Nutritionists and dieting experts have long sought the answer to how to encourage people to lose weight. It seems overweight people are more interested in the size of their wallets than their waistlines. Researchers in the USA may have found one answer，cash rewards and penalties. A year-long study of 100 weight watchers by the Mayo Clinic in Minnesota found a system of financial incentives and fines had a significant impact on people's success in shedding kilos. The weight-conscious dieters received $20 a month if they met their weight loss goals and had to pay a penalty if they didn't. Those motivated by financial gain lost an average of 4.1kg, compared to just 1kg for those without the cash bonus.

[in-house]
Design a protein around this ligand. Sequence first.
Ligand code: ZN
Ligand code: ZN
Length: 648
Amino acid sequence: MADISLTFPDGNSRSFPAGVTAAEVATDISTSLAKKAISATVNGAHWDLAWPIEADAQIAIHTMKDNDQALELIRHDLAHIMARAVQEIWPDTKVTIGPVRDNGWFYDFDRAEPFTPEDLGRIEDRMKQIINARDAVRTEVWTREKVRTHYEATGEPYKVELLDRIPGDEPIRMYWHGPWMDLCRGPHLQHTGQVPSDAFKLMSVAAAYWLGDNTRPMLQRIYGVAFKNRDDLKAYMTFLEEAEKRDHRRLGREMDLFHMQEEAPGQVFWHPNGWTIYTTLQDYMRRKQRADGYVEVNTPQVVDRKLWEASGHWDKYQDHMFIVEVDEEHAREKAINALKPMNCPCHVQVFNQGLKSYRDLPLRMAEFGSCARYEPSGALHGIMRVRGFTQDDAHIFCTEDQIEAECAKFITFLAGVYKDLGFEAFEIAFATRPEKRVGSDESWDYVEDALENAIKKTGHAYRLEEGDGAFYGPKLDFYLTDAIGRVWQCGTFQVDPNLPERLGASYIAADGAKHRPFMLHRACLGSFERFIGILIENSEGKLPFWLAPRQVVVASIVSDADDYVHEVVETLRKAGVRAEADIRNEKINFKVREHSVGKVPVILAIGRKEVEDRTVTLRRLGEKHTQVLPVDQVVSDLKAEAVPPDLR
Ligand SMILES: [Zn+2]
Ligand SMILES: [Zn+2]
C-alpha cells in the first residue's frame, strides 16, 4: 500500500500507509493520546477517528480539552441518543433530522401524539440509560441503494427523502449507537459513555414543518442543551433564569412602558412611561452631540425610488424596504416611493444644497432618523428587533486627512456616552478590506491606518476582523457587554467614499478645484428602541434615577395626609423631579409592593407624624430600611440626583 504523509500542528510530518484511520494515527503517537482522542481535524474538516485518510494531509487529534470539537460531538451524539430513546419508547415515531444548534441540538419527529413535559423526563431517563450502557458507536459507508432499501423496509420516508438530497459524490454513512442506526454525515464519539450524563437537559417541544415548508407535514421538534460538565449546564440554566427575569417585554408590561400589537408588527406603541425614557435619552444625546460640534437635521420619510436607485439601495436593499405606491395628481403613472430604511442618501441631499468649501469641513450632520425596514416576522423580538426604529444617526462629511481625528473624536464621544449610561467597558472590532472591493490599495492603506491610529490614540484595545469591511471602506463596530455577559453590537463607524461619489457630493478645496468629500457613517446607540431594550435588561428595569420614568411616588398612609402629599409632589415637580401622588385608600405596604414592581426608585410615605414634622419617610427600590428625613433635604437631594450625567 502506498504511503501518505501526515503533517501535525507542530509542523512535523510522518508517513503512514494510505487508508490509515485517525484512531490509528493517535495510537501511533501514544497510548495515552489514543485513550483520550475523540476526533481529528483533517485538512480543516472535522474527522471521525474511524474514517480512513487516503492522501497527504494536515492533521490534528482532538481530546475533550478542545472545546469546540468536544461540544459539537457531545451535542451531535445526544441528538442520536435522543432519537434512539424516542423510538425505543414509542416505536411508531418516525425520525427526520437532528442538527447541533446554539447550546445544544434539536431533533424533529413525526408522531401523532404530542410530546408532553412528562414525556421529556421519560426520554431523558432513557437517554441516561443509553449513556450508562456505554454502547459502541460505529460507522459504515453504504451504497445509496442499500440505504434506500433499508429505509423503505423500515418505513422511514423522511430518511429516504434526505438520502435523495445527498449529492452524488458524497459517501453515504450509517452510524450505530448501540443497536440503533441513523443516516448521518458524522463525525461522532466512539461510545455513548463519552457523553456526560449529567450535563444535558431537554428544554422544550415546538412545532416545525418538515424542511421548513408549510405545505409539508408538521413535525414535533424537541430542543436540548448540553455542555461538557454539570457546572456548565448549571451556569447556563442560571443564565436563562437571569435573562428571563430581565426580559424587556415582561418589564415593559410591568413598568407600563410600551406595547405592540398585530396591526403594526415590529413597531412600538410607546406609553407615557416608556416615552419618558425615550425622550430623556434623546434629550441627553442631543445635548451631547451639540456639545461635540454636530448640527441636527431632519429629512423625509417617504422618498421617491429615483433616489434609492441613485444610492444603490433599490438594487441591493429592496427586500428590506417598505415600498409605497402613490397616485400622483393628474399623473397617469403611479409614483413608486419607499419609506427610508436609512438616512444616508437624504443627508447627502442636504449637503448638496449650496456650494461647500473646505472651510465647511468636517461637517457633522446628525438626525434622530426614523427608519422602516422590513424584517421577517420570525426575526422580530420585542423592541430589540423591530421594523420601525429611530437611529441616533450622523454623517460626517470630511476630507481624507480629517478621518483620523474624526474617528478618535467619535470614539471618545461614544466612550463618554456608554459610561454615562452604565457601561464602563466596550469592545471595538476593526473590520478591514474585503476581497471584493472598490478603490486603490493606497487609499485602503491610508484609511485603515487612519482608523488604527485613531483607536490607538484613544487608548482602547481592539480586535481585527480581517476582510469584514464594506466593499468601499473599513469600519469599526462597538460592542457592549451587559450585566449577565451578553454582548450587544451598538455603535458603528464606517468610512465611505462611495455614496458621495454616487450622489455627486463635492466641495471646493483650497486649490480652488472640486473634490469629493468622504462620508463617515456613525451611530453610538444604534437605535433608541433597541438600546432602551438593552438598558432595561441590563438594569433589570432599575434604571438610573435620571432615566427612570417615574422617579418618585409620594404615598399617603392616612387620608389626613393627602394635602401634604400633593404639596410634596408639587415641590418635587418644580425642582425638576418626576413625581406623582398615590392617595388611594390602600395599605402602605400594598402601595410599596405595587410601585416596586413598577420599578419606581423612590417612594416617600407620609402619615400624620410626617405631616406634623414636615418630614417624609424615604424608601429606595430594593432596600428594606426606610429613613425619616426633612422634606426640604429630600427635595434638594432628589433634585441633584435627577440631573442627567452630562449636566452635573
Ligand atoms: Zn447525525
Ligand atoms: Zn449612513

The study followed 100 obese adults aged between 18 to 63, who were weighed every month for a year. They were put into four groups, some with a monetary focus, others with an emphasis on education and behaviour change. The $20 a month was enough for the financially-motivated dieters to out-diet the other groups. Mayo Clinic's Dr Donald Hensrud said: "Just wanting to lose weight isn't enough. Financial incentives can be powerful." Head researcher Dr Steven Driver found the fear of losing money was stronger than the thought of receiving a bonus. He said: "Fear of losing money tends to motivate people about two and a half times more than the prospect of gaining the same amount of money."